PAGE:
Some politicians suspected Alan Johnson deliberately chose to make his announcement on top-ups on the same day as Barack Obama's election to the US presidency in the hope that he could 'bury bad news.'
I didn't see it that way at all, myself. But I have to admit that after watching a chunk of the health secretary's statement from my eyrie in the press gallery, I later found MPs unusually agitated about it as I padded around the Commons' legendary Corridors of Impotence.
Tory MP Bill Cash, whose sights are usually set on Europe, warned me that the decision would be good for people rich enough to switch between private and public sectors - "blue lighting to A&E when things go wrong".
Labour's GP-MP Howard Stoate was worried that it would become a "slippery slope" towards a different kind of NHS - the two-tier service Unison and other left critics fear. He also noted some PCTs and trusts ignore existing rules, which is unfair too.
Of course, that fact is part of the existing reality that cancer czar Mike Richards' report was required to address and did so in a level-headed way, says me. Richard Taylor, the Wyre Forest medical guerrilla, told Mr Johnson he was "more confused than I was" by the statement.
Doc Taylor wants ministers to concentrate on the Better Care, Better Value indicators which could - in theory - save£2bn a year on the NHS drugs bill, thereby freeing up more money to pay for the kind of unfunded cancer drugs the National Institute for Health and Clinical Excellence has been rejecting on cost-effectiveness grounds, the nub of this dilemma.
I thought Czar Richards' report (surely worth that knighthood?) caught it well when it said there has been tension between the principles of equity - healthcare free at the point of use - and that of personal choice - the right to spend one's own money - since the NHS's first day in 1948.
The NHS has been tackling it too. We know it involves little hypocrisies and the Richards formula whereby NHS patients who buy those private cancer top-ups (except we don't call them that in Whitehall!) will have to get them administered at home or in a non-NHS ward/hospital is merely the latest in a long line of circle-squaring efforts. We can live with it.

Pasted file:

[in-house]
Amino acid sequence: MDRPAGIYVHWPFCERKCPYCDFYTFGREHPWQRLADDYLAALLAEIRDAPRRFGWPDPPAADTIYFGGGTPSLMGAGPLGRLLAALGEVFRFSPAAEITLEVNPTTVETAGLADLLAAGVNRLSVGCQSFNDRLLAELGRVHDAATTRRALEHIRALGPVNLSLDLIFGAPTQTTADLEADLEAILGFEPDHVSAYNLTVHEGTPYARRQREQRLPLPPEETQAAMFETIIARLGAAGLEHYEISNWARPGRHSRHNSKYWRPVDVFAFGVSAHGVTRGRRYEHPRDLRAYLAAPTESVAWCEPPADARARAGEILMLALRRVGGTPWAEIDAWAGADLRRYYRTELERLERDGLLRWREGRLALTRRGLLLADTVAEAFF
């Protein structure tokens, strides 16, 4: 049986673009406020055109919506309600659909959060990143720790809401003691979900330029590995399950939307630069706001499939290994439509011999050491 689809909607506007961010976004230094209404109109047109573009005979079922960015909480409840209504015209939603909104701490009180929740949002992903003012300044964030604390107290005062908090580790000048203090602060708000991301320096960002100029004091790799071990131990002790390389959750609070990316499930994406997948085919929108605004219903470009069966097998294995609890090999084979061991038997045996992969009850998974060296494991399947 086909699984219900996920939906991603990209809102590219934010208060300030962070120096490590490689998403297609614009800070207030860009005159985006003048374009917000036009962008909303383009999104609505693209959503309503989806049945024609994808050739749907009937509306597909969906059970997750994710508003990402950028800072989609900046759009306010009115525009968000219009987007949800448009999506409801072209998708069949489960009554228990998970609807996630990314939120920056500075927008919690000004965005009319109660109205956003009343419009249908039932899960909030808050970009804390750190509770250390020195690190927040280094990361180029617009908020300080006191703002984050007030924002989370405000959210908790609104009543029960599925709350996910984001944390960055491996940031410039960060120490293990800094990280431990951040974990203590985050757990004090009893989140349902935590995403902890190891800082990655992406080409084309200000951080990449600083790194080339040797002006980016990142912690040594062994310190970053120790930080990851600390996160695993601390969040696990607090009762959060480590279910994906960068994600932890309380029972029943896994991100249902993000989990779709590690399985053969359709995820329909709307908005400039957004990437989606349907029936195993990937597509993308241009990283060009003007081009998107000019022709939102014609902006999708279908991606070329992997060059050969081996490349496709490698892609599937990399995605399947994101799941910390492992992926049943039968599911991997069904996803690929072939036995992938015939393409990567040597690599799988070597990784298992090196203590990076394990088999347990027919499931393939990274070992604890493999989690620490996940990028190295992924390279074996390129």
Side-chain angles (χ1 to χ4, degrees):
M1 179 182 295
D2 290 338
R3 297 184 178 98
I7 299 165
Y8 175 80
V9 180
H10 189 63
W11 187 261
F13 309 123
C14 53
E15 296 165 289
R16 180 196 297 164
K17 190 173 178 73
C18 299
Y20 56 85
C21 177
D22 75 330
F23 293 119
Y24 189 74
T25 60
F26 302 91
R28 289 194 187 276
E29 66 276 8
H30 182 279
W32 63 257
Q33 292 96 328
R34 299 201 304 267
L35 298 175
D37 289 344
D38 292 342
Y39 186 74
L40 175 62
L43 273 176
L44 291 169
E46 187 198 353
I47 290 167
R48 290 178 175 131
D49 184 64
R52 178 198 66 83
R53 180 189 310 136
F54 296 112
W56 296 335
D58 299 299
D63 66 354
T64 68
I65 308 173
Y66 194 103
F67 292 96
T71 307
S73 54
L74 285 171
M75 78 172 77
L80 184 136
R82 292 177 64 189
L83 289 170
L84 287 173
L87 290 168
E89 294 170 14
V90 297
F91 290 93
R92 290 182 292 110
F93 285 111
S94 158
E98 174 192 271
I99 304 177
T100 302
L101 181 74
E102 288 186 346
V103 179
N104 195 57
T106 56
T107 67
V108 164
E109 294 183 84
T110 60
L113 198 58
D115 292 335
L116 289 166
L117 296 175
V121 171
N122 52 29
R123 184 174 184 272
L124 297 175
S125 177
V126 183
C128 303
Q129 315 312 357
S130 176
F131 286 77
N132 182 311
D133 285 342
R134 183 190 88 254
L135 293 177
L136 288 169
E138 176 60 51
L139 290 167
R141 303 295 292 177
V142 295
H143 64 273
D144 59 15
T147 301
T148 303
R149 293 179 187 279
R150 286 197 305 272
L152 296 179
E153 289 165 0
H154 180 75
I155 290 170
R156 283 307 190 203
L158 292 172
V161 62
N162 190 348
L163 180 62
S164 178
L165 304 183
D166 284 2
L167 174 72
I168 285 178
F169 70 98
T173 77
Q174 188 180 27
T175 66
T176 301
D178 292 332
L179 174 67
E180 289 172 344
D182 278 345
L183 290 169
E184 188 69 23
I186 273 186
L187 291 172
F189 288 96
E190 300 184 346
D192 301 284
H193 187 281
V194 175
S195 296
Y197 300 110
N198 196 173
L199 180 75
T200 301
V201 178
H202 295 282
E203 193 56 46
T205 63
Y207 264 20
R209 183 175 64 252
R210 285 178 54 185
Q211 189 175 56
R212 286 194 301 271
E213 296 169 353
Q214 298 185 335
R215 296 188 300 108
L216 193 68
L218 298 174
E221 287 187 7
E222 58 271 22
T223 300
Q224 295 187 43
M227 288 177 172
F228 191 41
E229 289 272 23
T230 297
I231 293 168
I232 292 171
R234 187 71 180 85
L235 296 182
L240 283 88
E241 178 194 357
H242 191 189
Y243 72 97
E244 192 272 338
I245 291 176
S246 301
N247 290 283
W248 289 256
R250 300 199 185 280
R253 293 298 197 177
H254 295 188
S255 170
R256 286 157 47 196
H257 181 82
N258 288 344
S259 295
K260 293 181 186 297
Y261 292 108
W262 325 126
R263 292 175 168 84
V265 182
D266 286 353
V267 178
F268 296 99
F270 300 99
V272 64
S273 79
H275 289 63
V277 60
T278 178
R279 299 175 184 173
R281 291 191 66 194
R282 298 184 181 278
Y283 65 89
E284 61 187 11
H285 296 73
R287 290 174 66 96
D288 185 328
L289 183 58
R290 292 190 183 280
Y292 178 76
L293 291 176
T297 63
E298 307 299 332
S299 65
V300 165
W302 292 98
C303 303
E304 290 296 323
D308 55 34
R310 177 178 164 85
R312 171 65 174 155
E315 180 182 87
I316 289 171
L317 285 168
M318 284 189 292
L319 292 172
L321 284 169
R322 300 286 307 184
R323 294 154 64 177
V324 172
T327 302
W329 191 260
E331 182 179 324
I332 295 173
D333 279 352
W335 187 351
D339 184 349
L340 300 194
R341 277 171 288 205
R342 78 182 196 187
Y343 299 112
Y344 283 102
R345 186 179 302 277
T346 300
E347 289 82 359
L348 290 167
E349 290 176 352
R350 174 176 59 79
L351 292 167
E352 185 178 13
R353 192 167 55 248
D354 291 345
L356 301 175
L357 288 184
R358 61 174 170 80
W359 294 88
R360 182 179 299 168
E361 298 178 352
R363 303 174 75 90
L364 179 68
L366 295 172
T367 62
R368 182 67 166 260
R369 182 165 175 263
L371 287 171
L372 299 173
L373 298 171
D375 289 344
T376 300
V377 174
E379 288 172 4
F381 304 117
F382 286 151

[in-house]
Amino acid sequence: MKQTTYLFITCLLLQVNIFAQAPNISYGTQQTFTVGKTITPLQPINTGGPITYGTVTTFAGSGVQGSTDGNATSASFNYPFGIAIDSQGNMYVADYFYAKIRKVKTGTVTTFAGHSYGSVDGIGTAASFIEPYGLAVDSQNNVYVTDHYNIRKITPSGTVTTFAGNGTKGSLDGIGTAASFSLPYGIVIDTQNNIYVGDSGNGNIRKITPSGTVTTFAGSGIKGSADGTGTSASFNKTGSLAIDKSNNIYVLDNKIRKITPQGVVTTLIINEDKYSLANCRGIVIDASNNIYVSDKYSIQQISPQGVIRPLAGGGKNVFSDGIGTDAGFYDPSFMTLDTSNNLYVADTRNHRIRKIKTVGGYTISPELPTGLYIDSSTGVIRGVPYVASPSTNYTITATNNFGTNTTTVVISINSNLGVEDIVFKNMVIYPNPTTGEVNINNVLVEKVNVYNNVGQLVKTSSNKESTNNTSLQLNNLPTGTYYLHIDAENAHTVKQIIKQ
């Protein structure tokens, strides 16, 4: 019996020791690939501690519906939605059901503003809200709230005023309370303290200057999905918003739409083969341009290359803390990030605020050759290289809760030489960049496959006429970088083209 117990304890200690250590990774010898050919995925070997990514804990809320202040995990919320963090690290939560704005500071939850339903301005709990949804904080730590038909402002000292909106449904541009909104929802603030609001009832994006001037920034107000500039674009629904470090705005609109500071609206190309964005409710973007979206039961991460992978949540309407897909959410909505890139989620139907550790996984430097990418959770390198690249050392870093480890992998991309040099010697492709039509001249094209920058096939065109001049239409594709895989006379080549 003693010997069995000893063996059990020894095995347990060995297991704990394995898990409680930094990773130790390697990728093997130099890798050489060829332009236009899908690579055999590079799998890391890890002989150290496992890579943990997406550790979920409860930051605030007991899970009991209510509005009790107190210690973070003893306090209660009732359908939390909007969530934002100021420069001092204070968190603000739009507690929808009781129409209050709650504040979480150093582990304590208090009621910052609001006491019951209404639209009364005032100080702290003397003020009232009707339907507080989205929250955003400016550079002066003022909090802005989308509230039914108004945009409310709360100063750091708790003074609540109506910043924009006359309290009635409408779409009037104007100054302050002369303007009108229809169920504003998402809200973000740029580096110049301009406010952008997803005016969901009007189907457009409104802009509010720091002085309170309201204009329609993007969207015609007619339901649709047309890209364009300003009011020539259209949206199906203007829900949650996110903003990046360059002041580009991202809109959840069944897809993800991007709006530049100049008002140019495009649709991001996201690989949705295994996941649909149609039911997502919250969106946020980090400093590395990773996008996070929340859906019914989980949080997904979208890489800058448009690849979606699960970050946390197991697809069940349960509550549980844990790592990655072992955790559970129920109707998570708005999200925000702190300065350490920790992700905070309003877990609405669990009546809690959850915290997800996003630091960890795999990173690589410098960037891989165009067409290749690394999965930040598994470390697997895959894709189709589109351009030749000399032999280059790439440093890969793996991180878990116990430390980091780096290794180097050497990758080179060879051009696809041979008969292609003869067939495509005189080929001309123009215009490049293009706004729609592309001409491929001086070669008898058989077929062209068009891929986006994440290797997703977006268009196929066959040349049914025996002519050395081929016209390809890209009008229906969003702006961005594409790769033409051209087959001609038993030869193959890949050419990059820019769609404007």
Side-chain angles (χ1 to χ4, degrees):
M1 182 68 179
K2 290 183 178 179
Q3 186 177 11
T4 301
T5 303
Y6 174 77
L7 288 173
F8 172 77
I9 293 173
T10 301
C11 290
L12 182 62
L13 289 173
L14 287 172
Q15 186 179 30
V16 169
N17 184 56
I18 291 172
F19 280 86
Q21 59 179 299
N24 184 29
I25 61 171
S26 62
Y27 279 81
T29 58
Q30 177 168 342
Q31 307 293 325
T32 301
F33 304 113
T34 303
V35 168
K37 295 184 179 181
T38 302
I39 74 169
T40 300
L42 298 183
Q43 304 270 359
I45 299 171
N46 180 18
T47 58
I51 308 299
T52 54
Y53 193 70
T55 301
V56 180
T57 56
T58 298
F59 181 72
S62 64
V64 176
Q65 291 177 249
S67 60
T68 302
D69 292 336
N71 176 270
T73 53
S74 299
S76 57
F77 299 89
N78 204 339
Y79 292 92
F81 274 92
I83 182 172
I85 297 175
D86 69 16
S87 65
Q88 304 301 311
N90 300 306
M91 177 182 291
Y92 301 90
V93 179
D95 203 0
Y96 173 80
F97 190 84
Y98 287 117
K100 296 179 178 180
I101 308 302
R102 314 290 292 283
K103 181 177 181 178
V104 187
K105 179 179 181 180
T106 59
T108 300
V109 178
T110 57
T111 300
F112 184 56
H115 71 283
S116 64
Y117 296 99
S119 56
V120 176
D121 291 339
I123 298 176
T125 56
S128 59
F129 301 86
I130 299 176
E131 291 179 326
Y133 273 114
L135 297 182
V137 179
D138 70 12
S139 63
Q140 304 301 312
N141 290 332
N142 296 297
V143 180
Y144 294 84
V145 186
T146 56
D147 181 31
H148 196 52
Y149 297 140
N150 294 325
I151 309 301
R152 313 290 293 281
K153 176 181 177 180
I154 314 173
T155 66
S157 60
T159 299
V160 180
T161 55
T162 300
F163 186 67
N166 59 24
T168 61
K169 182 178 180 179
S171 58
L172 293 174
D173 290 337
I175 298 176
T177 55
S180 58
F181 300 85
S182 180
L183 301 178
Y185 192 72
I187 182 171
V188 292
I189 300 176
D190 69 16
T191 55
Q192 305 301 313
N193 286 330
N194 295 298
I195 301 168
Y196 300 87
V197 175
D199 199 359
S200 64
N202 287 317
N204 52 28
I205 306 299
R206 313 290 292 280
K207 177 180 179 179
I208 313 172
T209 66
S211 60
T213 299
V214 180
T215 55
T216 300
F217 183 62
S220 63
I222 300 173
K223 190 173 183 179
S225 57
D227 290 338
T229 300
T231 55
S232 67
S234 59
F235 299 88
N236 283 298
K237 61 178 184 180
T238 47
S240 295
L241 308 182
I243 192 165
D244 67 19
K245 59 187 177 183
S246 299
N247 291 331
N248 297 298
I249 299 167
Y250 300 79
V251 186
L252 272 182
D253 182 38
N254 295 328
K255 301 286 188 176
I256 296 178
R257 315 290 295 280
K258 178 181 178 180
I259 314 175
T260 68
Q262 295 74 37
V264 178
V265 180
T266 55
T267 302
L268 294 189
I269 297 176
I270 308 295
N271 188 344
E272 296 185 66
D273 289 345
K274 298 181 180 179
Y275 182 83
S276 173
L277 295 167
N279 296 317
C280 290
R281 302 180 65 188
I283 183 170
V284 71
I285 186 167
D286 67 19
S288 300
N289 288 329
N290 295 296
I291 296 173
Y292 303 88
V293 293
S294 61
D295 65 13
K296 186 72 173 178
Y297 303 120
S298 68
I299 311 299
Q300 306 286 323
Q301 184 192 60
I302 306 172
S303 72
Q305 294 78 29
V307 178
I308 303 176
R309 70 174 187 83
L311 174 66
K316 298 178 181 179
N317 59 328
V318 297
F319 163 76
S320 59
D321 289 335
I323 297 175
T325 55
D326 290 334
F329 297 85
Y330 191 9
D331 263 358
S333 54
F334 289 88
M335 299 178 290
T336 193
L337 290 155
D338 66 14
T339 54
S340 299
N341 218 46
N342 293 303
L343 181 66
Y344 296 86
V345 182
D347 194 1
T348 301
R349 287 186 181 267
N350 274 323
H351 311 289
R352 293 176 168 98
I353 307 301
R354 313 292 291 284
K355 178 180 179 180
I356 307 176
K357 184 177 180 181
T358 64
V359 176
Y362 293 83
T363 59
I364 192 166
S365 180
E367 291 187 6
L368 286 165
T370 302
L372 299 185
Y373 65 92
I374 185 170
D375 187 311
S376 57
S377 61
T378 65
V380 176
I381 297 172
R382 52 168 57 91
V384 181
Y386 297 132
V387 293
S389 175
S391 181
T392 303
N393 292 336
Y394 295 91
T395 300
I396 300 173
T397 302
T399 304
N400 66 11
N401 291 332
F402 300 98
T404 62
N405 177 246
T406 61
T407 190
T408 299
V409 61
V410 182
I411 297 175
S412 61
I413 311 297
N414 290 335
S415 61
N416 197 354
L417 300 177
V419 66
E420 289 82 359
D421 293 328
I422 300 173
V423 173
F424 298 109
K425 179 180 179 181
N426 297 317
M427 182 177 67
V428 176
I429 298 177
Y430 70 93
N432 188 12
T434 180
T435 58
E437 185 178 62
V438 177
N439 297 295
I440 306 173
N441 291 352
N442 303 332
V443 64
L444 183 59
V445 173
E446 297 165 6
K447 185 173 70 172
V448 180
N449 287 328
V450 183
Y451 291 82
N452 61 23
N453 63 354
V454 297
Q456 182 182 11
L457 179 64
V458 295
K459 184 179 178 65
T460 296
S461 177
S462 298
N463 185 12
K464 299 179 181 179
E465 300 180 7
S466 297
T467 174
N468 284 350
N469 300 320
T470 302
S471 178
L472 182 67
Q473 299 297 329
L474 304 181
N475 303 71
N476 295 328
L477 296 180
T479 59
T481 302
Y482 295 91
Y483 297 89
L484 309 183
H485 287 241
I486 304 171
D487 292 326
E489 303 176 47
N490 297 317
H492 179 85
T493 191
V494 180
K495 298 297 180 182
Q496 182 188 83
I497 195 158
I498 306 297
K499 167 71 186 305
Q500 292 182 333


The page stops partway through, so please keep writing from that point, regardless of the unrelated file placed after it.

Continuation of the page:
Why do I confidently say that? Partly because getting older makes you realise that little hypocrisies help make the world go round and we sometimes get too hung up on them because the internet and our intrusive media make them easier to spot.
But also because one of the MPs I bumped into was Dennis Skinner. The left wing firebrand has had his own brushes with cancer ("the sky has never looked so blue", he once touchingly confided after an all-clear) and knows the status quo is a bit of a mess too, including trips to French hospitals by those who can afford it.
"This will keep people alive," he told me. Precisely. We can worry about slippery slopes, as some MPs and peers did, also about the cost to the NHS of the new flexible policy and a faster NICE clearance process. We can worry about whether doctors can push patients towards private options in which they may have an interest, as Oxford medic and Liberal Democrat MP Evan Harris did.
There are all sorts of details we could worry about. By the weekend private health insurers were being reported as gearing up to launch new "top-up products" on the market - ones that could go beyond cancer drugs.
People who want - or fear - that this will drive us towards a core-service NHS plus top-up insurance system, like France's brilliant-but-bust service, will say "told you so". In rectifying what had become an unsustainable chink in the NHS's armour Alan Johnson makes light of such hypothetical anxieties. Rightly, I think.
One further thought, raised in exchanges with Lord Darzi in the unelected chamber by Viscount Bledisloe, is what I call the Ken Clarke fear, that patients' worries will be exploited by doctors and drug firms.
If I were told that spending£20,000 "might keep me alive in some discomfort for another two months I would say no, thank you", the peer observed. Quite so, but as the health minister smoothly replied, it's a free country.